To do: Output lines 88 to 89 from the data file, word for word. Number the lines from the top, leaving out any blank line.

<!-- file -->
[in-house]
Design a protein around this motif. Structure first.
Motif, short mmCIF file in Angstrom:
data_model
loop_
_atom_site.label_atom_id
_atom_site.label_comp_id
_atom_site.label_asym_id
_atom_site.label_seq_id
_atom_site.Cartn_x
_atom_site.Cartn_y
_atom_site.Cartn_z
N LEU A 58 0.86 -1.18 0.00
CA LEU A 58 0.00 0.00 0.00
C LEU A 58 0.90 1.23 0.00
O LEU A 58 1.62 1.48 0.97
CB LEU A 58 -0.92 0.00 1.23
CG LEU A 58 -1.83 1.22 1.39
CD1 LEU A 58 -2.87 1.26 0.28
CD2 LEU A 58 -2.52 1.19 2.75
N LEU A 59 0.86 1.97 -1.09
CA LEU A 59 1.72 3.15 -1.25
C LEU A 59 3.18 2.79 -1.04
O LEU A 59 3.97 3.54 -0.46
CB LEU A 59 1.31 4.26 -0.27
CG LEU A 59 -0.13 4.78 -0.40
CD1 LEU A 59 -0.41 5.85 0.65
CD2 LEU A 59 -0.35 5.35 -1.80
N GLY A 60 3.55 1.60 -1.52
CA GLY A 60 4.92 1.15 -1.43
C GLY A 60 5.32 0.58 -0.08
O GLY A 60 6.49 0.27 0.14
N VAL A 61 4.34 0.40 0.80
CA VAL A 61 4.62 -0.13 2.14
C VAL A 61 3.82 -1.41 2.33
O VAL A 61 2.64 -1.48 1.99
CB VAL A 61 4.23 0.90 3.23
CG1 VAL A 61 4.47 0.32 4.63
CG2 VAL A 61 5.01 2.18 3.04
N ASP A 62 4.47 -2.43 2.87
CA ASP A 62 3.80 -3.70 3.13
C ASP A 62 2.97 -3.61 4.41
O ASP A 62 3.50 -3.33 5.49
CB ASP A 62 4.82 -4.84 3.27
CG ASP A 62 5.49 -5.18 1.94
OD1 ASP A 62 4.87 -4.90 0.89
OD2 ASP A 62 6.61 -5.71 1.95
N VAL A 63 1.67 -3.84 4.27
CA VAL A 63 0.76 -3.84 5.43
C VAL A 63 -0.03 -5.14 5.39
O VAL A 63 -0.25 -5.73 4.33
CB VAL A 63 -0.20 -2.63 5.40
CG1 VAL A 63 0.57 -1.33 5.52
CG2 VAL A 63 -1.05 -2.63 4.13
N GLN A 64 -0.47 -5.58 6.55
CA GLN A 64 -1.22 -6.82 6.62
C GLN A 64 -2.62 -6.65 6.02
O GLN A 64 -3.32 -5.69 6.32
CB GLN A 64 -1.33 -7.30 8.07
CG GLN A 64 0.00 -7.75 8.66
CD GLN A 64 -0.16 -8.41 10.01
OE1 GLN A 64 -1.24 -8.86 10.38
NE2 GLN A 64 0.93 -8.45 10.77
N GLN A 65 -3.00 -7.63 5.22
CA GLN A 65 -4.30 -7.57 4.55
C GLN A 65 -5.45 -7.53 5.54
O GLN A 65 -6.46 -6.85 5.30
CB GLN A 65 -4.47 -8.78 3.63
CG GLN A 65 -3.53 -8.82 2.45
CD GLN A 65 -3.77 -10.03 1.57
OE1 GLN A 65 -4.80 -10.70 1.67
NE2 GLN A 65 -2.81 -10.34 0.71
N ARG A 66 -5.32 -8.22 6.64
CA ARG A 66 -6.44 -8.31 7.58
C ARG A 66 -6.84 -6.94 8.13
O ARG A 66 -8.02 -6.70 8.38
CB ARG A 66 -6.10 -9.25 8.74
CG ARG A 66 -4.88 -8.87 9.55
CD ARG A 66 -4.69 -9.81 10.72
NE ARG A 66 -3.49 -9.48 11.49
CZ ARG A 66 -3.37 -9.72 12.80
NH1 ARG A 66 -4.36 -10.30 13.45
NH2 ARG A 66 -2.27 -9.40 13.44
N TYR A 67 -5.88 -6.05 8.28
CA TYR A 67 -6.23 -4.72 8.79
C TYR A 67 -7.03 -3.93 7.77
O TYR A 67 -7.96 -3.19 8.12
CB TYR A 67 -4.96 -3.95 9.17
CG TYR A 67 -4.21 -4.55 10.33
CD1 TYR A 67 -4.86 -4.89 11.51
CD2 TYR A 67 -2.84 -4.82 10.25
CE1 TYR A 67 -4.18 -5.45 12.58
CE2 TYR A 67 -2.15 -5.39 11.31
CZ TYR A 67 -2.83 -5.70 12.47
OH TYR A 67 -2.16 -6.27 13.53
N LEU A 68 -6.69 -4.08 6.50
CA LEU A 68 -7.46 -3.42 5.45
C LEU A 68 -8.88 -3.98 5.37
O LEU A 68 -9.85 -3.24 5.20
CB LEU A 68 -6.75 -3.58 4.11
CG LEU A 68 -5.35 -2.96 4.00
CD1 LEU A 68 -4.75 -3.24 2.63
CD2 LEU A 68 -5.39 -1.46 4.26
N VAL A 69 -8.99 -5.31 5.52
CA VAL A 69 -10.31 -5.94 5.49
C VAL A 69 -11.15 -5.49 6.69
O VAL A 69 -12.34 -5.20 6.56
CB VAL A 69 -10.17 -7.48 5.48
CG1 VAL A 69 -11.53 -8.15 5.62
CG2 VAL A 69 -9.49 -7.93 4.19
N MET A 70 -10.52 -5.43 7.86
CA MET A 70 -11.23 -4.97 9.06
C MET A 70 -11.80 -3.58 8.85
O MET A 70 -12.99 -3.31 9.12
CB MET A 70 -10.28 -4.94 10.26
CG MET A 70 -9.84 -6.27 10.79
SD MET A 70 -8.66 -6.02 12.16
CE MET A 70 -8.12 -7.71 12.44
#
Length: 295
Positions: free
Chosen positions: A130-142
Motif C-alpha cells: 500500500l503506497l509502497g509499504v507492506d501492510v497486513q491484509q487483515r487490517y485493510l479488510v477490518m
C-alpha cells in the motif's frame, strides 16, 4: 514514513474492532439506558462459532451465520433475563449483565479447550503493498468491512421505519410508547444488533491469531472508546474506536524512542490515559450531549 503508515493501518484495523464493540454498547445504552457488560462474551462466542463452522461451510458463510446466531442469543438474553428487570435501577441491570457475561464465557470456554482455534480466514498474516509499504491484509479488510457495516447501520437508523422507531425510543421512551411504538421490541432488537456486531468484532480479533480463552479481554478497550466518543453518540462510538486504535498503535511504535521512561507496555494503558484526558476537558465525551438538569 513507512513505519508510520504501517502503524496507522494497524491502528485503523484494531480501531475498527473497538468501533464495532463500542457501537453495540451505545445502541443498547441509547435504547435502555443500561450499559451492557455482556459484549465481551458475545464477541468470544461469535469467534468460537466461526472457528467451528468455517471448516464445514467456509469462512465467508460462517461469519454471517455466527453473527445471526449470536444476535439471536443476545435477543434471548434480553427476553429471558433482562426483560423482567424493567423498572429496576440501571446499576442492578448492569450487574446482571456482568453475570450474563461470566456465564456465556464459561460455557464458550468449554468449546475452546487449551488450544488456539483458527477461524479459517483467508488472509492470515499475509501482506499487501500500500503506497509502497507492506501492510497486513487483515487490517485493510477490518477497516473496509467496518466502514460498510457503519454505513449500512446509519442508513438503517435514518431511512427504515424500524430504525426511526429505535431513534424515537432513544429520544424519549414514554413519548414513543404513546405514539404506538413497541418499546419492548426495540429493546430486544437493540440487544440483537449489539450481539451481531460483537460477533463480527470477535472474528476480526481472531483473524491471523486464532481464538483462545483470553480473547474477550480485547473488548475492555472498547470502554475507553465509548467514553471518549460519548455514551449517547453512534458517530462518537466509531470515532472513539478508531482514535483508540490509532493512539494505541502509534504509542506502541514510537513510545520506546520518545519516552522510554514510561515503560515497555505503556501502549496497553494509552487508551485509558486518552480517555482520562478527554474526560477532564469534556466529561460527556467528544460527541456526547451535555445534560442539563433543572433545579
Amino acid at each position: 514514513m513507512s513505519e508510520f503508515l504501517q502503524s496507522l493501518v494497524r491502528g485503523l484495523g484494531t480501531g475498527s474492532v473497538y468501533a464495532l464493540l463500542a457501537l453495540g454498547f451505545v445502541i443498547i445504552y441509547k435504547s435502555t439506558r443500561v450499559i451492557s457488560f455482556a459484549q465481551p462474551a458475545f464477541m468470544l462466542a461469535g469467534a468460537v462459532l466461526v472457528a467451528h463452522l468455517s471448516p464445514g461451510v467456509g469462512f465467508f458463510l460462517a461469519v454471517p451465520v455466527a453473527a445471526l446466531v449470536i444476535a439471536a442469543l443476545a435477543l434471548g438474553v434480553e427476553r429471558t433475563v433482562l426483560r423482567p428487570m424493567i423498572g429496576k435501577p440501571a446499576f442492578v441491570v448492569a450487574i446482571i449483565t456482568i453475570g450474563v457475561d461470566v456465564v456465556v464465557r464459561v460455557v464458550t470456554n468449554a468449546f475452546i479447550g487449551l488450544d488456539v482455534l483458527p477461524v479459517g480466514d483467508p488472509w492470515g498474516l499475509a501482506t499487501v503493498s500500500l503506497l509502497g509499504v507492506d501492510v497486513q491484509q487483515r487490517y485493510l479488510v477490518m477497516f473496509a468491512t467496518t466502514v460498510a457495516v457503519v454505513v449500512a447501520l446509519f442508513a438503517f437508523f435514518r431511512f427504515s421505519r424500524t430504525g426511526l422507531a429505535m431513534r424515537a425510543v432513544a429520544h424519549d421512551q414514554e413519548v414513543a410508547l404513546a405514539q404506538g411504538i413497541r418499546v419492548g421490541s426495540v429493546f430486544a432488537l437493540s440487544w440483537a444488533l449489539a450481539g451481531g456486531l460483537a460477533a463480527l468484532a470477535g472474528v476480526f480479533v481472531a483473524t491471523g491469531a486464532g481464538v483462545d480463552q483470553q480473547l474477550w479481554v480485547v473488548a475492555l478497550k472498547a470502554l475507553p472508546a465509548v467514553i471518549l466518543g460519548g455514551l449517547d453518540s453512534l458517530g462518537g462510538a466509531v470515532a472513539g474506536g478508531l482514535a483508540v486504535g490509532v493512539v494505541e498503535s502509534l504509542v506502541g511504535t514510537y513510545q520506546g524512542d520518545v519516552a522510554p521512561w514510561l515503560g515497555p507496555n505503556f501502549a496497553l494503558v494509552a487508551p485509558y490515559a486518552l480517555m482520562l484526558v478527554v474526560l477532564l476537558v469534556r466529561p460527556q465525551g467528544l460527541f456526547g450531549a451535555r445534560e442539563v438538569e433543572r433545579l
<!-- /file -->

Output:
CB TYR A 67 -4.96 -3.95 9.17
CG TYR A 67 -4.21 -4.55 10.33